Lymphocyte Activation Lab


B cells constitute an essential part of the adaptive immune system, by producing antibodies that neutralize toxins and target infected or malignant cells for destruction. B cells recognize pathogens, or pathogen-derived antigens by their characteristic B cell receptor (BCR), which then triggers intricate downstream signaling pathways ultimately leading to cell differentiation and antibody production. Tightly regulated, yet robust triggering of B cells is critical for mounting of humoral immune response upon infection or vaccination. Diminished B cell activation leads to a variety of immune deficiencies and, on the other hand, lowered activation threshold can lead to autoimmune disorders. Furthermore, transformations in the B cell signaling pathways may lead to malignant growth and development of lymphoma. In vivo, B cell recognizes antigen (Ag) either in soluble form or displayed on the surface of antigen presenting cells (APCs). An important event following BCR signaling is the uptake, intracellular vesicular trafficking and proteolytic processing of the BCR-bound antigen into peptides on MHCII complexes. These complexes are then presented to the cognate T cell counterparts to help initiating a cascade a B cell differentiation into high affinity antibody production and immunological memory.

Antigen processing pathway

The costimulatory signals received from the interacting T helper (TH) cells are critical for B cell differentiation into plasma cells that specialize in secreting high-affinity antibodies, with the specificity dictated by the BCR. However, to receive T cell help, B cells need to internalize the encountered antigen and process it into peptides for loading on class II Major Histocompatibility Complexes (MHCII) for cell surface presentation to cognate TH cells. One of our goals has been to unravel the mechanisms of the antigen vesicle traffic to increase our understanding on the spatio-temporal regulation of the antigen processing pathway in B cells. In this project, we employ various 3D imaging techniques, including live imaging and super-resolution modalities such as SIM and SRRF, and have also set up a new technique to improve the visualization of the freshly internalized cargo vesicles (SHIP; Hernández-Pérez & Mattila, 2022). We have demonstrated high heterogeneity in the antigen trafficking vesicles and our data suggests that the antigen is directed into processing-compatible vesicles in a very fast and directed manner, together with the surface-derived MHCII that could facilitate early peptide-MHCII presentation (Hernández-Pérez et al., 2020). In our current projects, we continue to unravel the peculiar endo-lysosomal vesicle populations in B cells to better understand their functions in B cell activation, antigen presentation and beyond. Furthermore, we are interested in understanding the extracellular vesicle release in the B cell activation process and are now characterizing this phenomenon in detail.

A) and B) B cells activated in anti-IgM (surrogate antigen) coated glass and stained with Phalloidin. Spinning disk confocal microscope. C) B cells activated with antigen and stained for EEA1 (early endosomal marker). EEA1-vesicles were detected in Imaris with surface rendering and number of vesicles was quantified. Different colours show different vesicles in one cell.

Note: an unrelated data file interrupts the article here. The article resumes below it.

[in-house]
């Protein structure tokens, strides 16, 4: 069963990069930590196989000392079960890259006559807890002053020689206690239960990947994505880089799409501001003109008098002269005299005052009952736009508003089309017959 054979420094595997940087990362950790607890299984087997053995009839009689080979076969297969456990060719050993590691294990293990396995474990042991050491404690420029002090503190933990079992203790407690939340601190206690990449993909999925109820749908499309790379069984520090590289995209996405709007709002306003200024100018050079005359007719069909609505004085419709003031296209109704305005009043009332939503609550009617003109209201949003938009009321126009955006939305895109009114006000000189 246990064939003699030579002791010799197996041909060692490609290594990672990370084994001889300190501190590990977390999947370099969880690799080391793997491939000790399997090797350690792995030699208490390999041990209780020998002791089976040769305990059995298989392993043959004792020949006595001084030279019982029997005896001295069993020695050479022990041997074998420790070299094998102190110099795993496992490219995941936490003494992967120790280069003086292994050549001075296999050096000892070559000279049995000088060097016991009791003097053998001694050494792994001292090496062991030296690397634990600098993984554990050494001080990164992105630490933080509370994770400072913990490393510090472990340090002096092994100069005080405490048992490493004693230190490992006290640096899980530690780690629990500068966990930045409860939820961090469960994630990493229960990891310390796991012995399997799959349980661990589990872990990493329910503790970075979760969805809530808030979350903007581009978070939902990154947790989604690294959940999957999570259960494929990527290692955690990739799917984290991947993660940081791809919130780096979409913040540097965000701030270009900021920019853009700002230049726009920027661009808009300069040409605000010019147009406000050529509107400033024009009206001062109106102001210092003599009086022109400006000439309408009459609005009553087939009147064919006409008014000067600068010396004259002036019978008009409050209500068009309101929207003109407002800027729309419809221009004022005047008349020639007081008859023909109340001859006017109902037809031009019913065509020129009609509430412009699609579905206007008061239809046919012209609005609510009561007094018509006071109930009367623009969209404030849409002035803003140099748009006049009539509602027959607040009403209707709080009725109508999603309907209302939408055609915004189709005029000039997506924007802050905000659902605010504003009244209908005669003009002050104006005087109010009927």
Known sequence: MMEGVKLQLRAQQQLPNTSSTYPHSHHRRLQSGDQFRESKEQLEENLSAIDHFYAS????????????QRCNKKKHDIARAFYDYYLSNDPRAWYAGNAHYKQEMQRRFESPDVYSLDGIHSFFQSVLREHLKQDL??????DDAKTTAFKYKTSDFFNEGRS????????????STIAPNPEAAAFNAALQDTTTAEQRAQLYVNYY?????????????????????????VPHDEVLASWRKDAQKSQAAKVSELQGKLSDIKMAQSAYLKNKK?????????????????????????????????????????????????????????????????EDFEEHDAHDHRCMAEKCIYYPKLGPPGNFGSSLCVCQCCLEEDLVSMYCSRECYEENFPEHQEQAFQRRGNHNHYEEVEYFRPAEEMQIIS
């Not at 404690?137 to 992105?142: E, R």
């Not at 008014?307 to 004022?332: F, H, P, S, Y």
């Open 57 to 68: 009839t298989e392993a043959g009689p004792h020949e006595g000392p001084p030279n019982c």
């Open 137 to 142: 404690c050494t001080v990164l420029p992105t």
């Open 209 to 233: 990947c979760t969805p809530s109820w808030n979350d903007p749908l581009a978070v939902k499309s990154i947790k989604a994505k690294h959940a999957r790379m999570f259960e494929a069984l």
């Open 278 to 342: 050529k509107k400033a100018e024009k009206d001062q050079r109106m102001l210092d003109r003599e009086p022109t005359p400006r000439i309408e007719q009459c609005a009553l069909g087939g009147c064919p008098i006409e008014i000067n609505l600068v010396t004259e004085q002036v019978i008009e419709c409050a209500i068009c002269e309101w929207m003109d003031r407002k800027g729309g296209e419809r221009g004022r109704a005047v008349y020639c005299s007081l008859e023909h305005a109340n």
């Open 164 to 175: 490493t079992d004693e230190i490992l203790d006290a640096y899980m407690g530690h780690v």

Live imaging (spinning disk confocal microscope). Time-lapse of B cell transfected with GFP-Rab5 (green) and activated with surrogate antigen (magenta).

Proteomic approaches to reveal intracellular dynamics of BCR activation

We are interested in understanding the nature of the multibranched dynamic intracellular responses downstream of BCR following activation with either soluble antigen and antigen displayed on the surface of antigen presenting cells. For that, we are focusing on two different approaches:

  • APEX2, a well characterized proximity labelling technique, allows the identification of proteins that reside in the close vicinity of the BCR during the different stages of cell activation by soluble antigens.
  • B cell activation by antigen tethered on magnetic beads (mimicking APCs), which induces the formation of a structure called immunological synapse. This will allow us to investigate the most prominent form of B cell activation in vivo, as the proteins recruited to the immunological synapse site will be extracted and analysed via mass spectrometry.

With this project, we intend to depict and uncover novel proteins and pathways that would bring better understanding to the various molecular machineries associated with BCR activation such as signalosome formation, antigen internalization, vesicular traffic of antigen processing, and cytoskeletal remodelling.

Experimental design of the proteomic approaches taken to study B cell activation. On top, B cells expressing lipid raft-directed APEX2 are used to track the cellular events occurring at the vicinity of the plasma membrane after engagement of the IgM BCR. APEX2 proximity biotinylation supports high spatial and temporal resolution. Below, isolated primary B cells are conjugated with magnetic beads coated with surrogate antigens to induce the formation of the immunological synapse. The extracted cell adhesion (immunological synapse) is then directed for proteomic analysis.

AutoCoEv, an automated computational pipeline to predict protein interactions

With the aim to find new ways to analyse large protein datasets, like the ones coming from proximity proteomic screens, for possible protein-protein interactions, we have set up a new unbiased tool based on coevolution. AutoCoEv is an automated pipeline to analyse protein datasets for potentially coevolving pairs to predict new interactions or connections between proteins. You can find AutoCoEv with a virtual machine and a good manual on our GitHub pages. Please, let us know if you wish to give it a go and so can help you out!